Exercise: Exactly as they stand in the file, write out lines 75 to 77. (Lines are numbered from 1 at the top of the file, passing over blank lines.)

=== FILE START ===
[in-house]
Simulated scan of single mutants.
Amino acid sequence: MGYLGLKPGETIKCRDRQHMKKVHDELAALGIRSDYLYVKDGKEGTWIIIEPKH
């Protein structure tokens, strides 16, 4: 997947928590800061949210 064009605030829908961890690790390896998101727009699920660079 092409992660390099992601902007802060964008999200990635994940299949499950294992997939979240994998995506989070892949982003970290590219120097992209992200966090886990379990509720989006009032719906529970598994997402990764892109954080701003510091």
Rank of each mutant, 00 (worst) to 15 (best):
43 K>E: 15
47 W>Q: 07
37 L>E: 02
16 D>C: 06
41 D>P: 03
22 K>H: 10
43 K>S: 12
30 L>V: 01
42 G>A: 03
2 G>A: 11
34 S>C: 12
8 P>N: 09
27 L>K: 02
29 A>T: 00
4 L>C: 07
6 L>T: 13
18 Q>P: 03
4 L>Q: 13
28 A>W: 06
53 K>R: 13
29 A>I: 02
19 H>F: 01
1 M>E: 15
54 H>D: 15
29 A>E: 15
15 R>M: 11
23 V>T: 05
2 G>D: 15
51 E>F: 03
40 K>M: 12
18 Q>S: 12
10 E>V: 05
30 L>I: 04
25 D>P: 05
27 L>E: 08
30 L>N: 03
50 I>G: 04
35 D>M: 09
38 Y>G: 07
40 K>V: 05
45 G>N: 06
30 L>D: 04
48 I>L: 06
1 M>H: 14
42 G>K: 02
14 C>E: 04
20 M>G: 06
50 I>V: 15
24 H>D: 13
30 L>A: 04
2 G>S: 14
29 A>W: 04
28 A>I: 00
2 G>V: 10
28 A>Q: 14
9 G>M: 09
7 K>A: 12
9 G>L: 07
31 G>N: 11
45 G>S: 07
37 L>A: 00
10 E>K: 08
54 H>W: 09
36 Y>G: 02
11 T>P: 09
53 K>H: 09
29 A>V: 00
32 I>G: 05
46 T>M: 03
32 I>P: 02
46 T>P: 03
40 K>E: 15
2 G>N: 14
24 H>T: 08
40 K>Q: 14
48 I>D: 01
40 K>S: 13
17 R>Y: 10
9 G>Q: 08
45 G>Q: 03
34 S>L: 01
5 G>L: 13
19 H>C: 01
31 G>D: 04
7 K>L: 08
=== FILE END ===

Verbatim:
32 I>P: 02
46 T>P: 03
40 K>E: 15